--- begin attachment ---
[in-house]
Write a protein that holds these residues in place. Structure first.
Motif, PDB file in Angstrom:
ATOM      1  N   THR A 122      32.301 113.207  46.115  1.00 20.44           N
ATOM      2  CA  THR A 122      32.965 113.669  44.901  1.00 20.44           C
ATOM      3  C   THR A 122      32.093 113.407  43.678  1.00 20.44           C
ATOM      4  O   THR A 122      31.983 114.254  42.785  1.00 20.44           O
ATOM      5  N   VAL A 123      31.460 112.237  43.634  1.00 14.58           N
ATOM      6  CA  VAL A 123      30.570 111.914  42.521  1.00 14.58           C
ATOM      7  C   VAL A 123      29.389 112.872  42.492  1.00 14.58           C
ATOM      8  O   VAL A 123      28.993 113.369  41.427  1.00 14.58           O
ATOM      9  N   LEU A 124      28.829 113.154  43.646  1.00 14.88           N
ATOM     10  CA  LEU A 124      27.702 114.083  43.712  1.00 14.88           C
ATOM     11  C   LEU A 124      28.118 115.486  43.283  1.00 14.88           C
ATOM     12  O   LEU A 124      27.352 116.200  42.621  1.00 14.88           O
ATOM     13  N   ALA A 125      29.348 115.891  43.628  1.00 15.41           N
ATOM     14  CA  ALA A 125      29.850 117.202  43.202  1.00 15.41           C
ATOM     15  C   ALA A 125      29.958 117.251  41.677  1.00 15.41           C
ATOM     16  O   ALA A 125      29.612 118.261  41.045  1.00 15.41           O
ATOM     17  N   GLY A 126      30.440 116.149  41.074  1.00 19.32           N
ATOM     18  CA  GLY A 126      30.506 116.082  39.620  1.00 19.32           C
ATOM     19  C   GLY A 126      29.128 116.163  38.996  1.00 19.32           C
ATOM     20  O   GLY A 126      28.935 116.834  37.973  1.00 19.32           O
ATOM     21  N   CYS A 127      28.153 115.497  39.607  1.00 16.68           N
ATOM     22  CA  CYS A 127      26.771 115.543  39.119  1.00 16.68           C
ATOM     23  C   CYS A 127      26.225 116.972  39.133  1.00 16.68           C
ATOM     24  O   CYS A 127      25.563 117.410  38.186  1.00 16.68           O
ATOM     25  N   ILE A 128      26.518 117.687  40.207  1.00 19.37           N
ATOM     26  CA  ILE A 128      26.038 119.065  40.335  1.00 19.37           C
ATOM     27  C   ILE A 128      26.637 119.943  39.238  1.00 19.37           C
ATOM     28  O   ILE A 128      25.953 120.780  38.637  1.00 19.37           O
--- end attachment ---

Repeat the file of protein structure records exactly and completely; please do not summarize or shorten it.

[in-house]
Write a protein that holds these residues in place. Structure first.
Motif, PDB file in Angstrom:
ATOM      1  N   THR A 122      32.301 113.207  46.115  1.00 20.44           N
ATOM      2  CA  THR A 122      32.965 113.669  44.901  1.00 20.44           C
ATOM      3  C   THR A 122      32.093 113.407  43.678  1.00 20.44           C
ATOM      4  O   THR A 122      31.983 114.254  42.785  1.00 20.44           O
ATOM      5  N   VAL A 123      31.460 112.237  43.634  1.00 14.58           N
ATOM      6  CA  VAL A 123      30.570 111.914  42.521  1.00 14.58           C
ATOM      7  C   VAL A 123      29.389 112.872  42.492  1.00 14.58           C
ATOM      8  O   VAL A 123      28.993 113.369  41.427  1.00 14.58           O
ATOM      9  N   LEU A 124      28.829 113.154  43.646  1.00 14.88           N
ATOM     10  CA  LEU A 124      27.702 114.083  43.712  1.00 14.88           C
ATOM     11  C   LEU A 124      28.118 115.486  43.283  1.00 14.88           C
ATOM     12  O   LEU A 124      27.352 116.200  42.621  1.00 14.88           O
ATOM     13  N   ALA A 125      29.348 115.891  43.628  1.00 15.41           N
ATOM     14  CA  ALA A 125      29.850 117.202  43.202  1.00 15.41           C
ATOM     15  C   ALA A 125      29.958 117.251  41.677  1.00 15.41           C
ATOM     16  O   ALA A 125      29.612 118.261  41.045  1.00 15.41           O
ATOM     17  N   GLY A 126      30.440 116.149  41.074  1.00 19.32           N
ATOM     18  CA  GLY A 126      30.506 116.082  39.620  1.00 19.32           C
ATOM     19  C   GLY A 126      29.128 116.163  38.996  1.00 19.32           C
ATOM     20  O   GLY A 126      28.935 116.834  37.973  1.00 19.32           O
ATOM     21  N   CYS A 127      28.153 115.497  39.607  1.00 16.68           N
ATOM     22  CA  CYS A 127      26.771 115.543  39.119  1.00 16.68           C
ATOM     23  C   CYS A 127      26.225 116.972  39.133  1.00 16.68           C
ATOM     24  O   CYS A 127      25.563 117.410  38.186  1.00 16.68           O
ATOM     25  N   ILE A 128      26.518 117.687  40.207  1.00 19.37           N
ATOM     26  CA  ILE A 128      26.038 119.065  40.335  1.00 19.37           C
ATOM     27  C   ILE A 128      26.637 119.943  39.238  1.00 19.37           C
ATOM     28  O   ILE A 128      25.953 120.780  38.637  1.00 19.37           O